Driving Abroad for the first time can be a daunting experience as there are many different rules and regulations to the UK as well as driving on the opposite side of the road. If you are driving your own car, although you are already familiar with it, you will need to adapt to being on the other side of the road and get familiar with the different rules of the road. To build up your confidence in a hire car and familiarise yourself with the car and controls, spend some time driving around a quiet area. Take your time to get used to the car! If possible, try not to plan long drives for your first time behind the wheel abroad, instead drive for shorter distances until you feel confident enough to take on longer trips.
Driving on the Right
It can take some time to get used to driving on the right, here are some tips to get to grips with it quickly:
- The Road signs should be facing you at all times.
- Keep a greater distance between you and the car in front than you normally would, giving you the time to react if need be.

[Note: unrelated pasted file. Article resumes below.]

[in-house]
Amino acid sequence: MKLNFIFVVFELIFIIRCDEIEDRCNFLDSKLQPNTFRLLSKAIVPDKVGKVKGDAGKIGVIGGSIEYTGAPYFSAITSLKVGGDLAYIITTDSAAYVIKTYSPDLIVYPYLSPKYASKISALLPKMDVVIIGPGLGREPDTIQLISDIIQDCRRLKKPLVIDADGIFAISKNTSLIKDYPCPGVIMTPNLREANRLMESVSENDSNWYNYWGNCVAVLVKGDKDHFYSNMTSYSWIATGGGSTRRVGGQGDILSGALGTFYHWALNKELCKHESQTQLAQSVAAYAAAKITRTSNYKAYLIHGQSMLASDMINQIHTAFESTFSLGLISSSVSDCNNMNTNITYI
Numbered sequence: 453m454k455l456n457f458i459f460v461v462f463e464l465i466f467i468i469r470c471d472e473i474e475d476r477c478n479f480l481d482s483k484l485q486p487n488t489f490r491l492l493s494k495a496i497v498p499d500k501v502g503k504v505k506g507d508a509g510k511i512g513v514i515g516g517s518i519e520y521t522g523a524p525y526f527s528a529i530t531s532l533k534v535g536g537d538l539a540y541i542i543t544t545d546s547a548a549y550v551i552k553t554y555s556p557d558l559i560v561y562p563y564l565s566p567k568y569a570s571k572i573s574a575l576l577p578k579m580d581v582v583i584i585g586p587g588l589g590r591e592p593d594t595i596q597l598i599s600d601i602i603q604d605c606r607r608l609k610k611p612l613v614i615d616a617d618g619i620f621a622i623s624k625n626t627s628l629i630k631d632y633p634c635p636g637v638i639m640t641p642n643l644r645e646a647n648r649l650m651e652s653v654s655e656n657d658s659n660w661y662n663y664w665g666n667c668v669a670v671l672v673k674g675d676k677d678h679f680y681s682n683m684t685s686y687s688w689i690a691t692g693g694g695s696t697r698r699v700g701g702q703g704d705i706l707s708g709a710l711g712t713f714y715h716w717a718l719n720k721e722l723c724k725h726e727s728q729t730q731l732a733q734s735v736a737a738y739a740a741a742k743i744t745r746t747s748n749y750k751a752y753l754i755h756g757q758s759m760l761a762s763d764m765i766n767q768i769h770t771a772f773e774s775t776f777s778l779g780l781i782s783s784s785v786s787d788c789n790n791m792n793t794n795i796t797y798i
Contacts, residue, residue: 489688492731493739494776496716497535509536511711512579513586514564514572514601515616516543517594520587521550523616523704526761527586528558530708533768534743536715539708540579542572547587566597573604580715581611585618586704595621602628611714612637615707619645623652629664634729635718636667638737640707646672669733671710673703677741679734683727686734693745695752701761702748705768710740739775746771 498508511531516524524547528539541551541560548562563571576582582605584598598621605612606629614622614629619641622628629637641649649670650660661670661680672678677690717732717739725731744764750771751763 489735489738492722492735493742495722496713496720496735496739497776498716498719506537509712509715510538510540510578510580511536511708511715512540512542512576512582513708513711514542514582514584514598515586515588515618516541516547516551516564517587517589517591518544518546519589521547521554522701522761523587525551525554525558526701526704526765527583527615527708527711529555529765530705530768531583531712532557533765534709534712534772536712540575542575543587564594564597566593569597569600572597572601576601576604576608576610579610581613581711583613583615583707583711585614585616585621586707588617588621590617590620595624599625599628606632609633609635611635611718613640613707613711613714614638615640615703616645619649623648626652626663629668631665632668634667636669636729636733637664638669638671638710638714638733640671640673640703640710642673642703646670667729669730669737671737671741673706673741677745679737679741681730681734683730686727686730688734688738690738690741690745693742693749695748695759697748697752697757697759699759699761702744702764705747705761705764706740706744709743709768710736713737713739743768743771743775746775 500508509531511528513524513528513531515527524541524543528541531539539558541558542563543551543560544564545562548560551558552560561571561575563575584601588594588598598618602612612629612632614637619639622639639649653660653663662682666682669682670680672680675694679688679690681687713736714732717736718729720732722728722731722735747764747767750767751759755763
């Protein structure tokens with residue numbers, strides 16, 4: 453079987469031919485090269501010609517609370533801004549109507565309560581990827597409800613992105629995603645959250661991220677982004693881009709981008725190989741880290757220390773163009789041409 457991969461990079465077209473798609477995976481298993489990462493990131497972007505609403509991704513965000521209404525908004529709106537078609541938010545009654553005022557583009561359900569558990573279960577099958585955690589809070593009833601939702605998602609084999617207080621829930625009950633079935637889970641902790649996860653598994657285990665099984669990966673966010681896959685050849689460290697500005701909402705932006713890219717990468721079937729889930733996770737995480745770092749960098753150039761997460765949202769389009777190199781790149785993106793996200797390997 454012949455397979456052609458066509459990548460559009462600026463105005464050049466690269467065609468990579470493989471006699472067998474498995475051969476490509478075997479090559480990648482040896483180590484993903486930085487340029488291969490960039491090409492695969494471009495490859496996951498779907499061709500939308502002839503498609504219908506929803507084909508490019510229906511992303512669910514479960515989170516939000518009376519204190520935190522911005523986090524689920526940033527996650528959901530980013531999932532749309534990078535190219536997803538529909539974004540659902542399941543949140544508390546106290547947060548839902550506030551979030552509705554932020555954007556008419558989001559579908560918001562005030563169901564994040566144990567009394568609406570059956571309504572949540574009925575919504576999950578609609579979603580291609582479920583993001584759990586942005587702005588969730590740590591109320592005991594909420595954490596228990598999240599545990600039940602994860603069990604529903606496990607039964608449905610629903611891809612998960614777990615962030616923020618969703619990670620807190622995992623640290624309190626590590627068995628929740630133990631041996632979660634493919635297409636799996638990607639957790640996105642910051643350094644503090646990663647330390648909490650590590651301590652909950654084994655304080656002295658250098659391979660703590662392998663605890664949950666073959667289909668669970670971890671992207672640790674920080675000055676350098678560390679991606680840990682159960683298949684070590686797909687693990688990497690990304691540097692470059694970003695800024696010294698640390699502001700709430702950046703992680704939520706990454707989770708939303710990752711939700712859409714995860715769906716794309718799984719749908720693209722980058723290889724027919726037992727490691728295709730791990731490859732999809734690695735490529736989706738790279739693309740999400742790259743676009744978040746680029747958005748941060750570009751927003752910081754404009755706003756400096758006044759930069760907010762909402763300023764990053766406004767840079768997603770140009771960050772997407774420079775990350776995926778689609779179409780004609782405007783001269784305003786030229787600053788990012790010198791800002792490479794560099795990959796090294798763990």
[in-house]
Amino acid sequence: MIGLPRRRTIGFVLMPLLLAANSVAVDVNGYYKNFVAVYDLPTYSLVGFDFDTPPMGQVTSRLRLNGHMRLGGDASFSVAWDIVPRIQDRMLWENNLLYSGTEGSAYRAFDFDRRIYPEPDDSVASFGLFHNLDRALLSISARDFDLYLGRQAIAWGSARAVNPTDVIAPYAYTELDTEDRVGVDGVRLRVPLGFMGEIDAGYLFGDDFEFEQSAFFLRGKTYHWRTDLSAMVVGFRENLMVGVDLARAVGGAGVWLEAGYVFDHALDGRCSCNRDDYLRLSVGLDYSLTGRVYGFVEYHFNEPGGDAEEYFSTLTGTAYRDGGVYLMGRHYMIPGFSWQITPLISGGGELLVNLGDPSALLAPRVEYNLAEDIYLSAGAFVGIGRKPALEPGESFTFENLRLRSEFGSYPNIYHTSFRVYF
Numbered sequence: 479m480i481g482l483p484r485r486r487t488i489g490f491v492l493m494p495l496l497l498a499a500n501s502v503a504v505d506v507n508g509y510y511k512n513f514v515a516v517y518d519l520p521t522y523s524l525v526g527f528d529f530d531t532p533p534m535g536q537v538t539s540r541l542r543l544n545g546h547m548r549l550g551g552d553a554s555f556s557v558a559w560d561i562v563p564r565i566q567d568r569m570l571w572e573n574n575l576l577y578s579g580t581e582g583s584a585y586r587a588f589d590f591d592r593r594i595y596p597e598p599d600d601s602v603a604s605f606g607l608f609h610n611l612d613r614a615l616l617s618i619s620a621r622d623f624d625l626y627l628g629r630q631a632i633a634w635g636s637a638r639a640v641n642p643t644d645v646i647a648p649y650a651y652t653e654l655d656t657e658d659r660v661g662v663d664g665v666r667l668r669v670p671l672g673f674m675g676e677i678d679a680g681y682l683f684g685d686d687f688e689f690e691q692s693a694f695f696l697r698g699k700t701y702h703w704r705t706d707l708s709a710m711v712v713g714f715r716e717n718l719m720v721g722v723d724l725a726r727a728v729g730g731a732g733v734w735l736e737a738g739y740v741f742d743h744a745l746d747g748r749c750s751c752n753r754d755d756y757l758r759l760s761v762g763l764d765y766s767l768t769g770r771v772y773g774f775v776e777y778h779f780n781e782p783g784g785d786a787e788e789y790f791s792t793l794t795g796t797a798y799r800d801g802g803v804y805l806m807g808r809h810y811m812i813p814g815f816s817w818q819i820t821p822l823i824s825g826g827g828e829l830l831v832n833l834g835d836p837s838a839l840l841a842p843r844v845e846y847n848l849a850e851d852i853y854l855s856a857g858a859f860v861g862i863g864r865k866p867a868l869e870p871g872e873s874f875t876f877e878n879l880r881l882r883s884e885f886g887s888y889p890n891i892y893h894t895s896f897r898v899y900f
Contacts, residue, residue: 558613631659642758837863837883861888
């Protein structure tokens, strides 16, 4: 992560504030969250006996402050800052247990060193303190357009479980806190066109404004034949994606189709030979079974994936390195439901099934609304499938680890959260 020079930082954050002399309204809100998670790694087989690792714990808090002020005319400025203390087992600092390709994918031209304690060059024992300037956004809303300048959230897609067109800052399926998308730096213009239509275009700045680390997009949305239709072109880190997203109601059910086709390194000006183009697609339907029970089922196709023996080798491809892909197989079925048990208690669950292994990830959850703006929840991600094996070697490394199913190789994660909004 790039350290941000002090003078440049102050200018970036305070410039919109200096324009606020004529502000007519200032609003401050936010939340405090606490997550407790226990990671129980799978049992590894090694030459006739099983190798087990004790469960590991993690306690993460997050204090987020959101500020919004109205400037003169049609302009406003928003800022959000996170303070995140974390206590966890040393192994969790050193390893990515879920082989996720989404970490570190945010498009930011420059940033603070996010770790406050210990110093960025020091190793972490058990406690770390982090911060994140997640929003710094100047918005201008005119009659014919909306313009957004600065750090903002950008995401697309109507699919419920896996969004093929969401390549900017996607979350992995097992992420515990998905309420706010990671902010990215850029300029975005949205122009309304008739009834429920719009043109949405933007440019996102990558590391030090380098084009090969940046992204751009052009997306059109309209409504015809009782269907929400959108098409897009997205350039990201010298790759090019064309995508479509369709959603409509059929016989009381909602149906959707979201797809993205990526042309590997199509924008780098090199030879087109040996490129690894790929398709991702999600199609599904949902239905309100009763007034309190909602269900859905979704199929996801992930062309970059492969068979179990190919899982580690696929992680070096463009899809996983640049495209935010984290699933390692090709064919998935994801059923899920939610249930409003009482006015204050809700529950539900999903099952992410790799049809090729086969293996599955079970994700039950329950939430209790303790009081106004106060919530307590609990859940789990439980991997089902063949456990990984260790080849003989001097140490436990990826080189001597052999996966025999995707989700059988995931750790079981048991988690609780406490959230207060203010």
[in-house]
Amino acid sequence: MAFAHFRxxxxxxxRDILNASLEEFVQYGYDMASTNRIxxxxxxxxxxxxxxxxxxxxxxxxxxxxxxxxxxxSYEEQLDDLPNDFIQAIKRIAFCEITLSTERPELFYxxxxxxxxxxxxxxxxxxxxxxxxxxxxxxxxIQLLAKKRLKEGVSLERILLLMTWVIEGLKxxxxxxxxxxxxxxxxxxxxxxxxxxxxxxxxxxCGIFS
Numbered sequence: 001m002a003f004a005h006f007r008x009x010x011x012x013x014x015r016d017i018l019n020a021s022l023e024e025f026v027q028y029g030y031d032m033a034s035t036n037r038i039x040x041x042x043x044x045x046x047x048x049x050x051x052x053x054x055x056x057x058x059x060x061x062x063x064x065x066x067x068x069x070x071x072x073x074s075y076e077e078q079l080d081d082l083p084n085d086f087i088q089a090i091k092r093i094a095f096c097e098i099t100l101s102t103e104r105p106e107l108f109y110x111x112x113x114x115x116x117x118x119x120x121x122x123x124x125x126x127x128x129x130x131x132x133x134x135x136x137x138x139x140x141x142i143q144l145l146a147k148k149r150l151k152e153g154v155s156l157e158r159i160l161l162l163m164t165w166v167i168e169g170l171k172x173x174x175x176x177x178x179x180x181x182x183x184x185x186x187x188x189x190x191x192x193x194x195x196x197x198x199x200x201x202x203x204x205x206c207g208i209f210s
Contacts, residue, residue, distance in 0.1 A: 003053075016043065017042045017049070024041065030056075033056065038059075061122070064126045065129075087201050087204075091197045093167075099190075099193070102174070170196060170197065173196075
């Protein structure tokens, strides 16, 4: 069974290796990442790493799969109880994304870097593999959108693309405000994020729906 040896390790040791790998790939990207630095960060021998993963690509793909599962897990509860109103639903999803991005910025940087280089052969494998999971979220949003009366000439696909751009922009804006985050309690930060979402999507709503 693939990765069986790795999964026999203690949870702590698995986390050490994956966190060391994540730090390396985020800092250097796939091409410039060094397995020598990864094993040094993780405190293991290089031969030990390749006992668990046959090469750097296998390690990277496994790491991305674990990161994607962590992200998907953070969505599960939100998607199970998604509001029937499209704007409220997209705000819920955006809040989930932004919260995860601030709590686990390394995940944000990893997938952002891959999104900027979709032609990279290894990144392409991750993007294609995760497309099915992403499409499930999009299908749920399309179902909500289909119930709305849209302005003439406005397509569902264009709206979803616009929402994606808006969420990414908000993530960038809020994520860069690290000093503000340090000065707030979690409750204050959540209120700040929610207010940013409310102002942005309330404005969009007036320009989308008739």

- On Roundabouts, give way to the left and drive around it anti-clockwise.
- On Motorways and dual carriageways, the overtaking lane will be on your left hand side.
- Be extra vigilant when overtaking as you may find you can't see the traffic around you properly. Wait for a clear stretch of dual carriageway before overtaking.
- When driving down a narrow lane, pull over to the right to allow oncoming vehicles to pass.
Laws and Regulations
Driving laws differ across Europe, here are some of the European laws you should know before you go:
- You must carry your driving licence, vehicle registration documents and car Insurance details
- In France, you must carry a breathalyser at all times
- In many European Countries you must carry an essential kit at all times such as reflective jacket, first Aid Kit etc.
- Some countries allow you to turn right on a red signal - there will be a sign or flashing light if allowed.
- In Poland, Bulgaria and Serbia, you need to have your headlights on at all times.
- Slovakia, Czech Republic, Hungary and Romania all have a zero tolerance for drink driving.
- In Romania, it is illegal to drive a dirty car.
- If driving your own vehicle, you must have a GB sticker clearly visible on the back of your car if your number plate doesn't include this.
- In France, a single white line is equivalent to a double white line in the UK and means do not overtake.
- You must have a spare pair of glasses if needed for driving.
- Some Italian Cities don't allow you to drive through them and they require a permit called a ZTL.
There are also many more rules and regulations that aren't listed above, so ensure you do your research before you go!